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3 simple measures to curb COVID-19 even without a vaccine

Stephen Padilla
29 Jul 2020
A woman in Hong Kong wears a face mask outdoors. (Photo credit: Tam Wai/Unsplash)

In the absence of a vaccine or any treatment, a recent study suggests that outbreaks of the novel coronavirus disease (COVID-19) can be effectively mitigated and delayed by adopting these three measures: handwashing, mask-wearing, and social distancing.

“[W]e provide the first empirical basis of how stimulating the uptake of effective prevention measures, such as handwashing or mask-wearing, combined with government-imposed social distancing intervention, can be pivotal to achieving control over a COVID-19 epidemic,” the researchers said.

“While information on the rising number of COVID-19 diagnoses reported by the media may fuel anxiety in the population, wide and intensive promotion of self-imposed measures with proven efficacy by governments or public health institutions may be a key ingredient to tackle COVID-19,” they added.

A deterministic compartmental transmission model of SARS-CoV-2, the virus that causes COVID-19, was developed in a population stratified by disease status (susceptible, exposed, infectious with mild or severe disease, diagnosed, and recovered) and disease awareness status (aware and unaware) due to the spread of COVID-19. Self-imposed measures, including handwashing, mask-wearing, and social distancing, were assumed to be taken by disease-aware individuals.

Current best estimates of key epidemiological parameters from COVID-19 clinical studies were used to establish the parameters of the model. The model outcomes included peak number of diagnoses, attack rate, and time until the peak number of diagnoses.

For fast awareness spread in the population, self-imposed measures led to a significant reduction in the attack rate, as well as a decrease and delay in the peak number of diagnoses. A large epidemic could be prevented if the efficacy of these measures exceeded 50 percent. [PLoS Med 2020;17:e1003166]

For slow awareness spread, self-imposed measures resulted in a lower peak number of diagnoses and attack rate. However, they showed no effect on the timing of the peak.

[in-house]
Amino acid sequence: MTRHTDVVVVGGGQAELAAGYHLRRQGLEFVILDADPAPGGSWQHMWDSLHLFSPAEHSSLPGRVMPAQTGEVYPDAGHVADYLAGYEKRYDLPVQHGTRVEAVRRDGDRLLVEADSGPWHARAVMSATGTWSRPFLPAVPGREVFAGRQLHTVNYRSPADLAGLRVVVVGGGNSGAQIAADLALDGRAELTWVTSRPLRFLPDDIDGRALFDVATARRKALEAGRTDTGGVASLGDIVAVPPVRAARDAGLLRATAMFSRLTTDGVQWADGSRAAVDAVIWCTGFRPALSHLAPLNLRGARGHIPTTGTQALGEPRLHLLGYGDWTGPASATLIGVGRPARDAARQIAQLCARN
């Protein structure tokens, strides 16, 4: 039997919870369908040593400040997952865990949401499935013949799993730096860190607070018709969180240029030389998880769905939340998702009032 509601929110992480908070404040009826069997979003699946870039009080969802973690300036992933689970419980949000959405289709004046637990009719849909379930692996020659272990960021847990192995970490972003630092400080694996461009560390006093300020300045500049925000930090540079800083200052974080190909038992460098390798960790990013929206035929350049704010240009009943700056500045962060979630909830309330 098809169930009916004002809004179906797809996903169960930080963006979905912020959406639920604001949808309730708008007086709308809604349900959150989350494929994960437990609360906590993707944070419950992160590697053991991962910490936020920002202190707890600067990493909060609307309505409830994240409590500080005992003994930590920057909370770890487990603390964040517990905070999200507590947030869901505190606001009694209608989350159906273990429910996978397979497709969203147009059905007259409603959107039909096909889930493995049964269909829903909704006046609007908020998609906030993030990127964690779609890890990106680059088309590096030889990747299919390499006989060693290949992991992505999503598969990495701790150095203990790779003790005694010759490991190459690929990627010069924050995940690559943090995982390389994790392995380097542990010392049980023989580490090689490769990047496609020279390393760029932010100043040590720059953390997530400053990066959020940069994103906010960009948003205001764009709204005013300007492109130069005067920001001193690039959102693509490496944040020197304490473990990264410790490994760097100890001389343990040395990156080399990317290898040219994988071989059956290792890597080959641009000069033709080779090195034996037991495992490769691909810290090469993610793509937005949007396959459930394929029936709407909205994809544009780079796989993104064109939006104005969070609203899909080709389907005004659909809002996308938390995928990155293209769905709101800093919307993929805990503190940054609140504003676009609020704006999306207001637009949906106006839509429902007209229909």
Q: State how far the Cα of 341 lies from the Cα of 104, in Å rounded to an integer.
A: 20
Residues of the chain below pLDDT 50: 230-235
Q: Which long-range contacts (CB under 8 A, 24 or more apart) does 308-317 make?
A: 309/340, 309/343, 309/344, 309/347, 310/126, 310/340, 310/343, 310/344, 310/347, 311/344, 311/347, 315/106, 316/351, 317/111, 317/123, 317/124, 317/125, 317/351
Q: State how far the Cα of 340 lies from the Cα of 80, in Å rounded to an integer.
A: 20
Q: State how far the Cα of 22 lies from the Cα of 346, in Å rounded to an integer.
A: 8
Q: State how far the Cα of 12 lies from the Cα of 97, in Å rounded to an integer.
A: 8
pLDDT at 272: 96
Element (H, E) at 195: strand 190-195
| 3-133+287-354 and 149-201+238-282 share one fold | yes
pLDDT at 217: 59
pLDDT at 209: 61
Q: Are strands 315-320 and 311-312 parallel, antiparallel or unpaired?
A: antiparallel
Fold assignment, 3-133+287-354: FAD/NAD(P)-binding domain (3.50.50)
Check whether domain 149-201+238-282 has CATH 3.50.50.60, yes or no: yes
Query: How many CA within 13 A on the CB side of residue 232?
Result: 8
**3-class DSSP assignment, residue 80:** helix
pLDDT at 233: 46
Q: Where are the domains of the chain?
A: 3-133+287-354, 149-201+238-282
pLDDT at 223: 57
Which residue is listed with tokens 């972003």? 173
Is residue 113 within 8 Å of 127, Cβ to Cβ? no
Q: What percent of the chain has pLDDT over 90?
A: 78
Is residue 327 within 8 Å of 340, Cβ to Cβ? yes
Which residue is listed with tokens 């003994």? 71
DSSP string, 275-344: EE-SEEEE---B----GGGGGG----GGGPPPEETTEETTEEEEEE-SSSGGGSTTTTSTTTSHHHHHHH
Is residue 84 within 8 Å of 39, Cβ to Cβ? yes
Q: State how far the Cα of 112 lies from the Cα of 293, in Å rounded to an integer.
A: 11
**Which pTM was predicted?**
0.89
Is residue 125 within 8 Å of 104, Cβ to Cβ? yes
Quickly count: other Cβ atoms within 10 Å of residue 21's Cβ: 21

On the other hand, social distancing policies imposed by the government effectively reduced the contact rate of individuals regardless of their disease or awareness status. Early implementation of this policy could delay the spread of COVID-19 by 7 months for a 3-month intervention, but not reduce the peak.

“Early initiated short-term government-imposed social distancing can buy time for healthcare systems to prepare for an increasing COVID-19 burden,” the researchers noted.

In addition, if social distancing is combined with self-imposed measures (ie, handwashing and mask-wearing) that are continued after government-imposed intervention has been lifted, the delay can be extended, and the height of the peak can be further reduced.

Earlier studies suggested that the timing of government-imposed social distancing is crucial for its viability in controlling a large disease outbreak, noting that a late introduction of such interventions could significantly affect the epidemic peak and attack rate. [Proc Natl Acad Sci USA 2007;104:7582-7587; Proc Natl Acad Sci USA 2007;104:7588-7593; PLoS Comput Biol 2011;7:1-11; medRxiv 2020;doi:10.1101/2020.03.02.20030007v1]

 

“Based on our results, we conclude that handwashing, mask-wearing, and social distancing adopted by disease-aware individuals can delay the epidemic peak, flatten the epidemic curve, and reduce the attack rate,” the researchers said.

“We stress the importance of disease awareness in controlling the ongoing epidemic and recommend that, in addition to policies on social distancing, governments and public health institutions mobilize people to adopt self-imposed measures with proven efficacy in order to successfully tackle COVID-19,” they added.

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Most Read Articles
Stephen Padilla, Yesterday
The novel coronavirus disease (COVID-19) pandemic appears to have a significant impact on oncological care, according to a study, which stresses the need for psycho-oncological support for cancer patients.
01 Aug 2020
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